What to do when your child won't eat meat

So your child’s mad for broccoli and wants to eat heaps of veggies. You should be jumping for joy, right? But there’s a catch – they don’t want to eat meat. Ever again.

Dealing with a little vegetarian who shrieks at the thought of eating anything that once moved can seem daunting. However, with a little planning you can still support your child’s preferences and meet their nutritional needs.

No meat please

Mum Robyn wasn’t shocked when her six-year-old daughter Chloe told her six months ago that she essentially wanted to be a vegetarian.

“Chloe’s always been a fussy eater and never liked the taste or chewiness of meat,” says Robyn. “Occasionally she’d eat chicken, but that was it.” 

And even that changed after visiting an animal farm. “Chloe saw the cute baby chicks and announced she didn’t want to eat chicken anymore,” Robyn says. “She’s always been an animal lover as we have pets, and is very empathetic, so that had something to do with it. She wouldn’t budge.”   

Along with veggies and carbs, Chloe eats proteins like eggs, cheese and baked beans. “Her energy levels seem fine,” Robyn says. “I just hope as she gets older it’ll be enough to sustain her.” 

Bupa dietitian Gemma Cosgriff says the age of the child is important when going vegetarian. “It’s not recommended for babies or very young children due to nutritional needs,” she says. “However, older kids can still thrive on a vegetarian diet.” 

So how do you cater for a little vego, particularly if you’re not one yourself? 

“Discuss why they want the change,” says Cosgriff. “Is it because they don’t like the way you cook meat, which could be changed, or for another reason? If they’re certain, get them involved in shopping and cooking so they’re aware of their choice.” Continue to discuss their choice as time goes on.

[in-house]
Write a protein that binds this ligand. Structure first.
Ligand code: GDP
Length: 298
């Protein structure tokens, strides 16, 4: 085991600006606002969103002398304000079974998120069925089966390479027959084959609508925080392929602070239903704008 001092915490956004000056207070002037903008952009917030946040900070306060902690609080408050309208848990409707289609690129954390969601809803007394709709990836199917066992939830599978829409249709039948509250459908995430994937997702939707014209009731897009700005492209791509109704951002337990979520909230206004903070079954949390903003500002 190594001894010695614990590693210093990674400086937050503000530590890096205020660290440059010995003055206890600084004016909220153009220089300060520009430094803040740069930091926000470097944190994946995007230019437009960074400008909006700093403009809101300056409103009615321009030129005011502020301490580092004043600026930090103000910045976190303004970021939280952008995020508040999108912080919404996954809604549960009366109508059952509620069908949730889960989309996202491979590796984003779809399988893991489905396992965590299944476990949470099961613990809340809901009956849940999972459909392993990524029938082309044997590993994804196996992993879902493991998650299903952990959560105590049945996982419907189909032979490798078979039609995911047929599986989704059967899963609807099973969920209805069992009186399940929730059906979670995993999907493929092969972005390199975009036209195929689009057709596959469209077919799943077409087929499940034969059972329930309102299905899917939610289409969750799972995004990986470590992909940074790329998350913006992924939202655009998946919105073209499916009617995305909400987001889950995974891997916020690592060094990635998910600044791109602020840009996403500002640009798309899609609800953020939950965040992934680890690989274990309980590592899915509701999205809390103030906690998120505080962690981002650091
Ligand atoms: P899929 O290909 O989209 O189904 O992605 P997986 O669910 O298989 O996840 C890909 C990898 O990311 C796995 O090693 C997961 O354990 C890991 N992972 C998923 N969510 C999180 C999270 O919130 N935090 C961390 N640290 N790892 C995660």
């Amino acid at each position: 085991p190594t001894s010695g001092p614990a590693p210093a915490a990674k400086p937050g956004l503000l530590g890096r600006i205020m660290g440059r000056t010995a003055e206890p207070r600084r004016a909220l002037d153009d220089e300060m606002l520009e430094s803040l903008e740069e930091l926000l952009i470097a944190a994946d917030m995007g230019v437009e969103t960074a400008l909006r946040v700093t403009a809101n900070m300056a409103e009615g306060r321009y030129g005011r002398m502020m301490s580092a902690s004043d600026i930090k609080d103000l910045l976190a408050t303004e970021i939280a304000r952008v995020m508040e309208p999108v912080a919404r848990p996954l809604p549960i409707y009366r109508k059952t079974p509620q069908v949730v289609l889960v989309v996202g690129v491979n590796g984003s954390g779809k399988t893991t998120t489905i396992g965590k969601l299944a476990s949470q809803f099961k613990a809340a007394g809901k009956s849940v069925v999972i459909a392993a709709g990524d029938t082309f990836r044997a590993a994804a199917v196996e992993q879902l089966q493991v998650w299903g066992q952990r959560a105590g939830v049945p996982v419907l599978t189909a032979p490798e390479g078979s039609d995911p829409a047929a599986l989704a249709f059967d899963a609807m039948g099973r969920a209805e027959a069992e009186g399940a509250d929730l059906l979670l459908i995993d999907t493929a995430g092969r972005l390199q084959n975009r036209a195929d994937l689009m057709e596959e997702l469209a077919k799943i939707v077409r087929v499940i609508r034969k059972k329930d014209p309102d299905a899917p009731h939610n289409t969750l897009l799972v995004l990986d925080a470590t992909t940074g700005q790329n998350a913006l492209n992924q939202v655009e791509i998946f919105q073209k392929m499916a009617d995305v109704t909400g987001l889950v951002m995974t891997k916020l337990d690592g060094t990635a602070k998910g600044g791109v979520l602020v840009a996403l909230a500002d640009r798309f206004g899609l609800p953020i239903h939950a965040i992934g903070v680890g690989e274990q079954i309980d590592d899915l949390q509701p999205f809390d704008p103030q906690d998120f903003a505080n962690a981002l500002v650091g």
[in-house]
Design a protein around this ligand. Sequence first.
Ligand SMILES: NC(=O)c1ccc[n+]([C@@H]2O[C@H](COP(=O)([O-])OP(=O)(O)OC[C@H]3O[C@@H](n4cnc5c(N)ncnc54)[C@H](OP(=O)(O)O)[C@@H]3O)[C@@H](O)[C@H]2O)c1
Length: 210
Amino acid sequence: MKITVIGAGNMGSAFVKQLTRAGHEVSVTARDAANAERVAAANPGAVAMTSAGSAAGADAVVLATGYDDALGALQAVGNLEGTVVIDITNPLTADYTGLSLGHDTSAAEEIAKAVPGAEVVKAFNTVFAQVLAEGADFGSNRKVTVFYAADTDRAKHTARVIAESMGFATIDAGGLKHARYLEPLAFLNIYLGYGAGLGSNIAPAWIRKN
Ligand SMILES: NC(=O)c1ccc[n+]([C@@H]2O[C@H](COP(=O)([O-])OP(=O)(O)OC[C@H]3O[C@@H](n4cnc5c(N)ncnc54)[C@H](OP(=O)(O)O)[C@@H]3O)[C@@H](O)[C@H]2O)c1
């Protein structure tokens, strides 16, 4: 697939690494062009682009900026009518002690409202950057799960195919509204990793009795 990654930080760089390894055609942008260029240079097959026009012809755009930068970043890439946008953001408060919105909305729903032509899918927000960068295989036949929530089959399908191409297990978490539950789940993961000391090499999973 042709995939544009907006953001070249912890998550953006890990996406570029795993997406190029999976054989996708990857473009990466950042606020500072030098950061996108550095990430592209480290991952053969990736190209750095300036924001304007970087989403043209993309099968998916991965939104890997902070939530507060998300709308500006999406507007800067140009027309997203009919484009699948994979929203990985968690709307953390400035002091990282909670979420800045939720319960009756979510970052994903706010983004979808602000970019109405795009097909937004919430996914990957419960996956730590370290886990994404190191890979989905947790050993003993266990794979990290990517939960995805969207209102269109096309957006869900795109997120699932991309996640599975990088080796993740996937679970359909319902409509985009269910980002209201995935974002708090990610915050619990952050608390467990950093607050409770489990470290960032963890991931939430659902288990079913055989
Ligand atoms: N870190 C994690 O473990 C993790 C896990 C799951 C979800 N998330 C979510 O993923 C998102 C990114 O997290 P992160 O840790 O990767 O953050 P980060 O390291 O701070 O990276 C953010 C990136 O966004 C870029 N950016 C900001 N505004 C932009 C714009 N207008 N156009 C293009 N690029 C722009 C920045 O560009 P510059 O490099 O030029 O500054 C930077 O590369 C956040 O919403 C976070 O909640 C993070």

girl helping cut tomatoes

Serve a variety of foods

Once you’ve accepted your child’s choice, stress they need to eat a wide variety of foods other than meat, and not just one favourite veggie like potatoes (aka hot chips!). This helps them get the different nutrients they need for strong, healthy bodies.

Cosgriff says all three daily meals, plus two snacks, should be as nutrient-rich as possible. “Make sure cereals are wholegrain with fortified iron, and dairy products are full-fat with good calcium levels,” she says. Cook with good quality oils such as olive or canola, and provide fruit snacks. 

Protein-wise, nuts, eggs, beans, legumes, tofu, and dairy are good sources, and will help ensure sufficient zinc and iron intake as well. You can also serve orange juice with baked beans as it aids iron absorption.

Adapt with options

If no-one else in the family is vegetarian, don’t run yourself ragged cooking different meals. Encourage your child to adapt. “If you’re cooking a stir-fry you may have tofu, nuts and vegetables in there, but also serve beef strips in a bowl so others can add meat,” Gemma suggests.

If you’re really out of your depth, chat to a doctor or accredited practicing dietitian. They may even recommend a blood test if you’re not sure if your child’s iron needs are being met.

“A vegetarian diet can be very nutritious; we could all benefit from eating vegetarian meals several times a week, anyway,” Cosgriff emphasises. “However, parents need the right information.”

The key to a good childhood vegetarian diet is research. It may not be what you feel like doing when you’re already juggling work and laundry, but kids have a knack of testing your boundaries. If done right, a meat-free diet can be healthy – not only for your child, but for the whole family.
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